Last year, while still an analyst with Forrester Research, OCDQ “Blogger in Chief” Jim Harris and I coordinated dueling blogs taking polar-opposite stances on the debate over whether Data Governance initiatives should embrace an approach to optimize their agility or an approach to formalize the necessary bureaucracy. (You can read Jim’s blog here and my blog here.)
That was a fun exercise, but our clear conclusion was that aspects of both agility and bureaucracy are necessary to some extent for data governance to deliver real business value.
First off, let’s avoid the semantic arguments
For data governance I use “agile” as the adjective form of the noun agility. Not “Agile”, as in the software development methodology. Sure, we can get into a whole discussion about how a data governance program can learn tons from the agile methodology – or not – but that’s not the point I’m trying to make here.
For bureaucracy, I find Merriam-Webster.com’s definition interesting. It defines “bureaucracy” in the following three ways:
“1 a : a body of nonelective government officials; b : an administrative policy-making group
2: government characterized by specialization of functions, adherence to fixed rules, and a hierarchy of authority
3: a system of administration marked by officialism, red tape, and proliferation”
I see the data governance challenge as being: how do we enable the first two constructive parts to this definition, while avoiding the destructive third outcome.
To illustrate this point, let’s use a non-data related analogy:
You just fell off a cliff, broke your leg and are bleeding profusely! Now what?
In this situation, isn’t agility critical? If it were me, I’d like a tourniquet please. In an emergency, I can act fast- and not figuratively, but literally “stop the bleeding!” But the agility that a tourniquet provides is a short term benefit. Without proper care, loss of blood and likely infection can still kill me.
So what’s next? Necessary bureaucracy will save my leg, and possibly my life. In other words, get me to a hospital and into to a surgical room STAT! A surgical room in a hospital offers a trusted, repeatable process with clear policies, practices and standards in place to protect all stakeholders including me, the patient, the doctors and nurses, and the hospital. And in the end I will significantly increase my chances for full recovery and survival – an optimal outcome in my book. What’s the downside? Well, it takes more time and costs a lot more money than a tourniquet. And you certainly can’t carry a surgical team in your backpack.
So let’s put this in the context of data governance.
Instead of a broken leg, you have a data quality or data security issue that’s raising alarms. For example, a large order can’t be fulfilled because the customer address information wasn’t accurate. Or a potential data security breach has taken place because a customer’s sensitive information wasn’t properly masked or encrypted. Or a frustrated high value customer is on the phone complaining that the product information in your catalog doesn’t match what they’re seeing on your website. You get the idea.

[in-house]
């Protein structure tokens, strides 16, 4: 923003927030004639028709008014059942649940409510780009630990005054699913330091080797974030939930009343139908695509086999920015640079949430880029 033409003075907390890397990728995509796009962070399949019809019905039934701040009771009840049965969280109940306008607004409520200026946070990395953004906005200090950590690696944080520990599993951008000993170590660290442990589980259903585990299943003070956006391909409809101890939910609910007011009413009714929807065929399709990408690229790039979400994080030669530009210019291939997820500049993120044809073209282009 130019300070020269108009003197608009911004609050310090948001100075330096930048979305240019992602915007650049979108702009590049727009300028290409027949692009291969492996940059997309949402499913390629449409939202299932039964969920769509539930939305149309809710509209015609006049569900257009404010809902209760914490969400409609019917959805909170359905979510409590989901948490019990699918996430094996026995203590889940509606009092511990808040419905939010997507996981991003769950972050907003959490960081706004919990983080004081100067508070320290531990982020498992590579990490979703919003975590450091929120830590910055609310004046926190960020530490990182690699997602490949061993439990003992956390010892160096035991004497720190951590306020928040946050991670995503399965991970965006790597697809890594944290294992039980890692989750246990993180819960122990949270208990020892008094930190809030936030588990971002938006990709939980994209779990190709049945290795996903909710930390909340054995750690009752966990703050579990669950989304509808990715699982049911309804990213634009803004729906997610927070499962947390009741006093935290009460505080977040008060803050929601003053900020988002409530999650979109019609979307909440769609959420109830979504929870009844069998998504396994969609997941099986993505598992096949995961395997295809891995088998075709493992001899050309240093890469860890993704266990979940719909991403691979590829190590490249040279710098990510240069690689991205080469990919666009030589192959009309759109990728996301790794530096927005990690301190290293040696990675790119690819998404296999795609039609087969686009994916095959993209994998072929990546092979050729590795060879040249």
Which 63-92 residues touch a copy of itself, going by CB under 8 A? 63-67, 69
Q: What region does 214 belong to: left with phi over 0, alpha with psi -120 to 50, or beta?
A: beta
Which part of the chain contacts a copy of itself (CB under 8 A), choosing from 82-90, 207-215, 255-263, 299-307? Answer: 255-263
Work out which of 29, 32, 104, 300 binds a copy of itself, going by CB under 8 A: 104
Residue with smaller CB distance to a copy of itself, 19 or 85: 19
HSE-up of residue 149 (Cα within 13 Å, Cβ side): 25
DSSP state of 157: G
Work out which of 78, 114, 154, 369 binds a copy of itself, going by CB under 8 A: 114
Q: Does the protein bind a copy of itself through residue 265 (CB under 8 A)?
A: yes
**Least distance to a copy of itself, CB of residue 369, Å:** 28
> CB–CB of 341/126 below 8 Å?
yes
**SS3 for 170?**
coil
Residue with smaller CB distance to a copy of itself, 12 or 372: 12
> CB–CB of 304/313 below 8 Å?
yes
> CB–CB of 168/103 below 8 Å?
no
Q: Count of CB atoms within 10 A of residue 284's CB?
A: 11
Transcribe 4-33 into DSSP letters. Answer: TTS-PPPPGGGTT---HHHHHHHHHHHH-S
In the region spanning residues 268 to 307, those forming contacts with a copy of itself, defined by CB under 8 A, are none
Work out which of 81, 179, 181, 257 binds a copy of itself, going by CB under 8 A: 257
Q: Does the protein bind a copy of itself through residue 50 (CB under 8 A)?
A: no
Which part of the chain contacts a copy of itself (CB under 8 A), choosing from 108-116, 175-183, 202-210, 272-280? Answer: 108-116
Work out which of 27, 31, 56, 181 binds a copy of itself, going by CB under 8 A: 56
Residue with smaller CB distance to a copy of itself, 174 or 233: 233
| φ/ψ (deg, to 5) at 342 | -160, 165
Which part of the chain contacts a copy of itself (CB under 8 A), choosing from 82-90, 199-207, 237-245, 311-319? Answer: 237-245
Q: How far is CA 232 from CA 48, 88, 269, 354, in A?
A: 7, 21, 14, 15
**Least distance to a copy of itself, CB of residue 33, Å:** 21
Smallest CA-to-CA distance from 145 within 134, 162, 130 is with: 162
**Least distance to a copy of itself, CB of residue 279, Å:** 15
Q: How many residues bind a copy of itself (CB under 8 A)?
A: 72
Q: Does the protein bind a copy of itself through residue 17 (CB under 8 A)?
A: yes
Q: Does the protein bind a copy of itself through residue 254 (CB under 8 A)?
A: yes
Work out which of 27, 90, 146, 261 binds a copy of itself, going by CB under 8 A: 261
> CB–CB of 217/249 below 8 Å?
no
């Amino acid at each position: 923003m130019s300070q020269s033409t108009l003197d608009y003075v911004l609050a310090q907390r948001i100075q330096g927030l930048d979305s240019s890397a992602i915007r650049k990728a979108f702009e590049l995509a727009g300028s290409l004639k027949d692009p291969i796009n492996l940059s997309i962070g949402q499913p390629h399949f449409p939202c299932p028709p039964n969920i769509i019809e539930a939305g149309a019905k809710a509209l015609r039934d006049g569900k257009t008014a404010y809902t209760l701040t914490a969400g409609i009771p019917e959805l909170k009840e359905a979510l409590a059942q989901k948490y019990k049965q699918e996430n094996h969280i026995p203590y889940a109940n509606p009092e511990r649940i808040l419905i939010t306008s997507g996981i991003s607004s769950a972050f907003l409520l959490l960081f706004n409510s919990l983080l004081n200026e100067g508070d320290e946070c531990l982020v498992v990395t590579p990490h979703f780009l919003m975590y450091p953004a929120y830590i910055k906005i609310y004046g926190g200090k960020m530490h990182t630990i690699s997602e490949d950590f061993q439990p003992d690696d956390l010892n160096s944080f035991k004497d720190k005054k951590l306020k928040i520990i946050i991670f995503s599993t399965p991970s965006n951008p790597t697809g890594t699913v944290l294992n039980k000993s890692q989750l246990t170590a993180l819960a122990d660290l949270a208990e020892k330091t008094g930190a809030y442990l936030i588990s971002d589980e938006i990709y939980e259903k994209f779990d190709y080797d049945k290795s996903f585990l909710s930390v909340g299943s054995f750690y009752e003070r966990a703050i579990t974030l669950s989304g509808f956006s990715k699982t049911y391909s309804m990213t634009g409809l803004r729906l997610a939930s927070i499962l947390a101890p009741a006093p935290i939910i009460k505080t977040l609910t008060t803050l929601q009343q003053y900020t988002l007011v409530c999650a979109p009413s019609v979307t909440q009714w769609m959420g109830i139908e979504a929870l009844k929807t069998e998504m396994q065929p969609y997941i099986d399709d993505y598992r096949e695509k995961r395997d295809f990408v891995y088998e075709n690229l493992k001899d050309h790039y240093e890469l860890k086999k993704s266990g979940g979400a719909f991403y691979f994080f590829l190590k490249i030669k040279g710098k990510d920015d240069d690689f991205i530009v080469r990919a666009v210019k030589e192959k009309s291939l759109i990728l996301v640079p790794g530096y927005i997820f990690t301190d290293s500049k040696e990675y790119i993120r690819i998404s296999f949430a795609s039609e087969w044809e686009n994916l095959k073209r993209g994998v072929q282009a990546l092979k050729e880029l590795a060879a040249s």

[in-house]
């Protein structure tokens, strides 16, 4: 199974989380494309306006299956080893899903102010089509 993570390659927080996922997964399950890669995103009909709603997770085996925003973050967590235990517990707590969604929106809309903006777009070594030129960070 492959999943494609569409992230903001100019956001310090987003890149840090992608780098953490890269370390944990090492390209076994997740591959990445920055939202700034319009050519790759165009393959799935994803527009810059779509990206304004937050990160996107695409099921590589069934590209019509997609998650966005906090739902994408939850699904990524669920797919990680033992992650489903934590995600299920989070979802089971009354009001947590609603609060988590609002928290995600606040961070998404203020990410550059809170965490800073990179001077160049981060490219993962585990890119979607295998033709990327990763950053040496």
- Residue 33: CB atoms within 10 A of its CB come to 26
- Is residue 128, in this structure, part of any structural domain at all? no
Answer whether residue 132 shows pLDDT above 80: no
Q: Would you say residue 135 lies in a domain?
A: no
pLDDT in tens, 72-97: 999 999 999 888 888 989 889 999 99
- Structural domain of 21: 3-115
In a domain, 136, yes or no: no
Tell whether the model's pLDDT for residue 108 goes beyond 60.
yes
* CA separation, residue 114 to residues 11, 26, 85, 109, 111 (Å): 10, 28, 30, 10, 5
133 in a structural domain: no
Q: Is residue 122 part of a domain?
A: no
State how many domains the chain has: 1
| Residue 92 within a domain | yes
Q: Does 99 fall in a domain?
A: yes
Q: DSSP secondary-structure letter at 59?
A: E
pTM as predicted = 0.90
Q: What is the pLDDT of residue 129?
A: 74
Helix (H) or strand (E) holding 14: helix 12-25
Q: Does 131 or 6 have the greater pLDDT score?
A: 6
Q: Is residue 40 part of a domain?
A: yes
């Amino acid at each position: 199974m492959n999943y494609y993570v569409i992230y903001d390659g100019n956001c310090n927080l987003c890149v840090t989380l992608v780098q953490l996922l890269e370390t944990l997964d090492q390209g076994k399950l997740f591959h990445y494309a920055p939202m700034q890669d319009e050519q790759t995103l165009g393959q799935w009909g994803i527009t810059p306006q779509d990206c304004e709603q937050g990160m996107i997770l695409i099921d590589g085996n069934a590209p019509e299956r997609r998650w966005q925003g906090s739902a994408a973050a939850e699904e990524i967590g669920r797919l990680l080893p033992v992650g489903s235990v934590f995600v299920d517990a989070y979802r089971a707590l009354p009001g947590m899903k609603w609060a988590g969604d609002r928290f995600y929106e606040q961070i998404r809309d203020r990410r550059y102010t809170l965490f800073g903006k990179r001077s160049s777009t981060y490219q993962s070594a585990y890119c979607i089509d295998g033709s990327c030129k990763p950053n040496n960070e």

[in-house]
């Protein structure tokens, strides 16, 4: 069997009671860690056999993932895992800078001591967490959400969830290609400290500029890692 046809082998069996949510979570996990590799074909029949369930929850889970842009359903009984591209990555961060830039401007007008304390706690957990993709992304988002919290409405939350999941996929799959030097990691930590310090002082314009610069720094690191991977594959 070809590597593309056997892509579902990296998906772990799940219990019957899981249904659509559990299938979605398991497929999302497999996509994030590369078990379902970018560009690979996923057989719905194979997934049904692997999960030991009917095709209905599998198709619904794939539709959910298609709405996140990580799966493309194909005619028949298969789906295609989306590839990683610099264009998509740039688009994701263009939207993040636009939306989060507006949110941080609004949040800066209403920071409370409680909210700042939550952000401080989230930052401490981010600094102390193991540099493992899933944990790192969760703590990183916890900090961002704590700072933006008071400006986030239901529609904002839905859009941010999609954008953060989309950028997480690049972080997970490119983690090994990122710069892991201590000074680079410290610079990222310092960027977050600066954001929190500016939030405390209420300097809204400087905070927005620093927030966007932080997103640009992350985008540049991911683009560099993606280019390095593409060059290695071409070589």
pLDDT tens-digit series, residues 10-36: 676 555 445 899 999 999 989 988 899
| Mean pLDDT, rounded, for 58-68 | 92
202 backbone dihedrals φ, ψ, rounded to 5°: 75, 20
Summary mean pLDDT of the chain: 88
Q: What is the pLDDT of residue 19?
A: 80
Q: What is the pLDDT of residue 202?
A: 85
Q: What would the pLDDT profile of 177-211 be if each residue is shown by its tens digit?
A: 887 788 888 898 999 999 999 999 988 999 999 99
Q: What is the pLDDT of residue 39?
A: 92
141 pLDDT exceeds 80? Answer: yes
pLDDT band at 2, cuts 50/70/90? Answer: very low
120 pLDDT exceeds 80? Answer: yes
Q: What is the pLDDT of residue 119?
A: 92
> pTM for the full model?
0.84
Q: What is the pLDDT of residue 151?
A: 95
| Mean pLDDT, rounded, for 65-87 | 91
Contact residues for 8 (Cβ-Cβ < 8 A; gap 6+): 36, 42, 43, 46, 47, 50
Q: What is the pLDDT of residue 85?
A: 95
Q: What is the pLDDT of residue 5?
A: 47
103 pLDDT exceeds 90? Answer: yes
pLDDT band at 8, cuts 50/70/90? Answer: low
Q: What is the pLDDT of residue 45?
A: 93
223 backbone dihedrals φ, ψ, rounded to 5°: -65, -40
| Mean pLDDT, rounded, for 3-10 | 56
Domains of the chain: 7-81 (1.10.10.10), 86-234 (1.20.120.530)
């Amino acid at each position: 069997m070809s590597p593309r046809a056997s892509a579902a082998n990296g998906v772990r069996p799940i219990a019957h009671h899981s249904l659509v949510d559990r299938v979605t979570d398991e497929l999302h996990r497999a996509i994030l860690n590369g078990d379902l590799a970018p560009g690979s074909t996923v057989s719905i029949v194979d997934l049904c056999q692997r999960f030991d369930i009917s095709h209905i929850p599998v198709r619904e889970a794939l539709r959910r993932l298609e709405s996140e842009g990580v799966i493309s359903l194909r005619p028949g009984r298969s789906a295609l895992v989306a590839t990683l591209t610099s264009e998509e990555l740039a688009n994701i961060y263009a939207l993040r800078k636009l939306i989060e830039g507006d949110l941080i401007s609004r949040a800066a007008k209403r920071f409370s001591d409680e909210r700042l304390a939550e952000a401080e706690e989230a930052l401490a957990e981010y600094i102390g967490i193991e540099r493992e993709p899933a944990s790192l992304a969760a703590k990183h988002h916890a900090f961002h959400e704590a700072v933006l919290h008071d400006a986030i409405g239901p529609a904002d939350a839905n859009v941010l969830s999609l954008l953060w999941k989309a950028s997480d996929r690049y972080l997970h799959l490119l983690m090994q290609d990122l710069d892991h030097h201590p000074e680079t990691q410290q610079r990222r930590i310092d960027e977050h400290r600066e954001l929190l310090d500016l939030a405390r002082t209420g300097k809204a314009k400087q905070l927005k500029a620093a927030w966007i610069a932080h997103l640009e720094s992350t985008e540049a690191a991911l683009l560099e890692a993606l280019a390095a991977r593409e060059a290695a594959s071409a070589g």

For all of these scenarios, you need to act fast and agility is the key to avoiding escalation. The “tourniquet” for many of these will be manual workarounds where an admin or data steward will “fix” the data where it lies to fulfill the order, protect the data or provide the customer with the information they need (based on the scenarios above). But that agility does nothing to address the root causes of the problems so you’ve done nothing to ensure that a repeat scenario won’t happen again.
This necessitates the data governance bureaucracy – a nasty phrase with only the best intentions. It means we should coordinate and define the processes, policies, standards, people and technologies across the organization to manage data ensuring the availability of accurate, consistent, secure and timely data for improved business processes, better decision making, reduced risk, and better customer outcomes. Why is that a bad thing?
The biggest failing of data governance efforts to date has been its focus on the data. We need to quickly shift the conversation away from the trustworthiness and security of the data. The data is NOT the “why” we do data governance – it’s the “what”. The case for data governance will be made once you can answer this question: Why does my organization need trusted, secure data to deliver optimal business outcomes (reduced risk, improved efficiencies, reduced costs, increased revenue, great customer experiences, etc)?
With all the excitement around “Agile” these days, the concept of agility seems to possess magical silver bullet properties, and bureaucracy is definitely a four-letter word within most organizations. I propose we work to expose the downside of agility and the silver lining of bureaucracy and finally have a more pragmatic and business value-driven discussion on how to enable data governance within our organizations.